Author’s Note: As a premillennial dispensationalist, I’m a bit of an enigma to my biblically conservative brethren. It tends to follow that if you are a believer in the doctrines of grace and in cessationism, you will likely be amillennial in your eschatology. However, there are still many of us who hold to a premillennial view and even believe in (gasp) a literal rapture of the church. The following article is not meant for those who hold to an alternate eschatological view. Nor is it an invitation to start an eschatology debate. There are proper places and forums for those discussions to occur. This is not to say if you disagree with my eschatology that you are not welcome here. You most certainly are. However, it is to say that I want to address an issue specifically that affects my premillennial brethren and do not want to obfuscate the issue with an unnecessary argument. Much thanks for your cooperation in advance.
As I type this article, it is August 21, 2017, and the first full solar eclipse in several decades has come and gone. Much to the dismay of many “end of the world” websites, nothing happened. Seriously, nothing. The eclipse came and went. Many families and schoolchildren got to experience the remarkable precision of God’s handiwork in the heavens. Some places in the United States experienced a darkening of the skies as the moon cast its shadow while passing before the sun. People wore specially made glasses that let them stare at the eclipse without burning their retinas to a cinder. But that was it. Nothing significant happened. The world did not end. World War III did not begin. The Middle East did not invade Israel and the Messiah did not return for His church. Just another celestial event occurred that allowed us to give glory to God for His marvelous handiwork.
Why do I make a point of this? Simply because, for as long as I can remember, there are those within the premillennial camp who seem to look for just about any event that they can point to that says Jesus is coming back. Not soon, or quickly, as in a biblical sense. But as in, tomorrow. No seriously, I mean tomorrow. As though we can pinpoint a day or hour that it is happening. That somehow there is a message in these events that we can discern the exact point of His return. All we need is the right Lucky Charms decoder ring and a little luck, and we can get this thing figured out. Oh, and that admonition that Christ gave us, that no one knows the day or the hour (Matt. 24-36)? That just means we have to figure out the correct Bible code first. Until then, we won’t really know.
The reason for this is that, within the premillennial system, we believe there is a prophetic time clock that starts with the rapture of the true church. When Christ takes His bride out of this world, the events described in Daniel and Revelation, known as the Tribulation, begin. Since there is a timeline to follow in the Tribulation events, there is always a desire to know when it will begin. Unfortunately, this leads to a lot of speculation in the premillennial camp because Scripture gives us no time frame as to when the rapture of the church and the introduction of the Antichrist will occur. An unhealthy obsession has occurred wherein premillennialists then examine the events of the Tribulation and look for patterns in our current time frame that could be considered the foundation for what happens during the end times.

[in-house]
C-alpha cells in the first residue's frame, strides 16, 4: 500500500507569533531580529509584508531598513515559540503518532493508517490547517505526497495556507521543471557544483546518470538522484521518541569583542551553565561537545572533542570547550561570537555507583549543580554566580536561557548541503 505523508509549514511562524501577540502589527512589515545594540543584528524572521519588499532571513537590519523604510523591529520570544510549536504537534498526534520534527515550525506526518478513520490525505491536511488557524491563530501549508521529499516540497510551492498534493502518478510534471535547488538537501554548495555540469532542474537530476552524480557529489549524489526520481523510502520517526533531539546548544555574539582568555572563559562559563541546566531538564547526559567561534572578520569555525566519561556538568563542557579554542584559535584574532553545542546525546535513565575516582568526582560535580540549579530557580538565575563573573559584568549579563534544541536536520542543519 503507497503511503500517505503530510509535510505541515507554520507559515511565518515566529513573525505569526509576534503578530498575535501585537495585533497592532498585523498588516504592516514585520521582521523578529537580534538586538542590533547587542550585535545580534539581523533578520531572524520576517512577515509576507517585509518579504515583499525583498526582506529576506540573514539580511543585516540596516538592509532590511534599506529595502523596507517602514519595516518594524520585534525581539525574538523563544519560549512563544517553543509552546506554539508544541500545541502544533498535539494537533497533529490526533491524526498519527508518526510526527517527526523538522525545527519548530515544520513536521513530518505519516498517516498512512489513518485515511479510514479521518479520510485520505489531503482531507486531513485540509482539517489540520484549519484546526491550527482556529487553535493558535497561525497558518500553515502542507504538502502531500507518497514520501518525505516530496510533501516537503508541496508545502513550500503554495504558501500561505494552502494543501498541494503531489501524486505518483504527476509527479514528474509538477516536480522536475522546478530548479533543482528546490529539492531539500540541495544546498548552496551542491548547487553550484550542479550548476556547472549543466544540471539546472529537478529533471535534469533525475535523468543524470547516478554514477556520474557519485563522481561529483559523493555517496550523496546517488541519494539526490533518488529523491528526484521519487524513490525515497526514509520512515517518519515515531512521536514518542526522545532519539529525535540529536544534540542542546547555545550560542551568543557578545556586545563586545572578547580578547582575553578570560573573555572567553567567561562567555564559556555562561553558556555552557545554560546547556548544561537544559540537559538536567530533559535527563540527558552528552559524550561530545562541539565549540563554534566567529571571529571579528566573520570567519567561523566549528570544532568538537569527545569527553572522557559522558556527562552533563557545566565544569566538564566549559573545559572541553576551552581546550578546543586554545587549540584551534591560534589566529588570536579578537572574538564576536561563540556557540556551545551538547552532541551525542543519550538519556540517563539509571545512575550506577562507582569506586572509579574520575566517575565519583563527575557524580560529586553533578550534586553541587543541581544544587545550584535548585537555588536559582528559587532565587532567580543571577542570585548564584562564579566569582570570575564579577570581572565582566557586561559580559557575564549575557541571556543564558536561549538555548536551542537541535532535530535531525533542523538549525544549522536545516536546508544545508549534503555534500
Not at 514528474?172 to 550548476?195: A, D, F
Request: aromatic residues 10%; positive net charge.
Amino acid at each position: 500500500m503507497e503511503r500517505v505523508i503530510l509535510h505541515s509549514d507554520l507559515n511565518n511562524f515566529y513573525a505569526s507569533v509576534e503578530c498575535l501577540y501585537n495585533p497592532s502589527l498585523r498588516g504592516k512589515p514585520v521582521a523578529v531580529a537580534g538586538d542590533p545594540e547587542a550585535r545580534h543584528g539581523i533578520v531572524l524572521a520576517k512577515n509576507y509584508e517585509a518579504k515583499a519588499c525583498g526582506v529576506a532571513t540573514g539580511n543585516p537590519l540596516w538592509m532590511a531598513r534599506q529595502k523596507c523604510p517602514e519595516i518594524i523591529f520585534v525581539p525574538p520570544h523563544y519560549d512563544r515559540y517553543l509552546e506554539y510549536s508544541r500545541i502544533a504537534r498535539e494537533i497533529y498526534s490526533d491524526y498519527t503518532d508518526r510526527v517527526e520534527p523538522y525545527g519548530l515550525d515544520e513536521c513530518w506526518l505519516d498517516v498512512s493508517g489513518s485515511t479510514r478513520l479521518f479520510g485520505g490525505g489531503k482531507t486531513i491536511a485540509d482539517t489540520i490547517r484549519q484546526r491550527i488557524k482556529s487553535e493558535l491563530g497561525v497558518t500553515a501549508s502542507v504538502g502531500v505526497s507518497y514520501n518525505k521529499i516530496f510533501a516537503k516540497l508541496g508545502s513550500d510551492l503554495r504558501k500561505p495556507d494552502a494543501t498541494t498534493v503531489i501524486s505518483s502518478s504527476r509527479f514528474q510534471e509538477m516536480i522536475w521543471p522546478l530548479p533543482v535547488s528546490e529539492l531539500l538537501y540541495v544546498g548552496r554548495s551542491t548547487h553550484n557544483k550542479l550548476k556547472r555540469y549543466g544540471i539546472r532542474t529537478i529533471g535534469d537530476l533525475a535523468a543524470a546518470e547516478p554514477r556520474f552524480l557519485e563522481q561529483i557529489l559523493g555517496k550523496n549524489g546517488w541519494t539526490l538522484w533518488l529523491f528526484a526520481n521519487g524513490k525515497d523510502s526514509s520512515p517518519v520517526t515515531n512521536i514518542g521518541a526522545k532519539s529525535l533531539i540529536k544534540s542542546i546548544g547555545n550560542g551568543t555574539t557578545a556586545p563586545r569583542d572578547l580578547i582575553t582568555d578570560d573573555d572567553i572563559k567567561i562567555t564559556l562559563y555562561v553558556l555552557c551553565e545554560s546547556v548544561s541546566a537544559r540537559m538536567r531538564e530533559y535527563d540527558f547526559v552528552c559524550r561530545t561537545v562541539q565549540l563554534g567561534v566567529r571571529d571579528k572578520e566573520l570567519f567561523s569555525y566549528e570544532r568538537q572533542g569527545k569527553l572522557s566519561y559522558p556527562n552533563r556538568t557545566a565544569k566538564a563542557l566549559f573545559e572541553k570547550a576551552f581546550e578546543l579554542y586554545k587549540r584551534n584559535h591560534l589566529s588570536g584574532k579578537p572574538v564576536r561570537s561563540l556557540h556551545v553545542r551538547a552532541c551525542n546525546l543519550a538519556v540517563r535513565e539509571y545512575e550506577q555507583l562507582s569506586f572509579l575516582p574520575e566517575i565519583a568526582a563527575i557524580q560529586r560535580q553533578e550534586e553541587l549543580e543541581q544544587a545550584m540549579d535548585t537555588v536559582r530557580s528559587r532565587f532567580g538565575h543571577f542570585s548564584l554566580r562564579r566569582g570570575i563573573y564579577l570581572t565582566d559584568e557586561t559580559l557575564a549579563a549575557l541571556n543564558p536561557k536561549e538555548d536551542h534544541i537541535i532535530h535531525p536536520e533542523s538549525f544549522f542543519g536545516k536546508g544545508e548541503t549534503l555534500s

One of the most common examples of this is the Mark of the Beast. The apostle John wrote in Revelation 13: 16-18 that, during the Tribulation, those who swore allegiance to the Antichrist must take a mark upon their head or right hand. Without this mark, no one can buy or sell anything under the reign of the Antichrist. Much speculation has been made as to the nature of this mark, from tattoos, to debit cards, and microchip implants. In reality, Scripture never tells us exactly what the mark is. What it does tell us is that the taking of the mark is a public profession of allegiance to the Antichrist. Thus, unless the Antichrist is in power (a time when the church is not supposed to be present on the earth) and the mark is taken specifically with the intent of proclaiming allegiance to him, nothing we see in existence today is, in fact, “the mark.” None of it. No tattoos, no cards, no microchips, nothing. Yet, many premillennials will share article after article testifying to how said current technological trend could be, might be, the mark. And if they are reminded that this cannot be the mark, given what was stated above, then it is claimed this is prepping of the world for the mark, and thus it is still evil.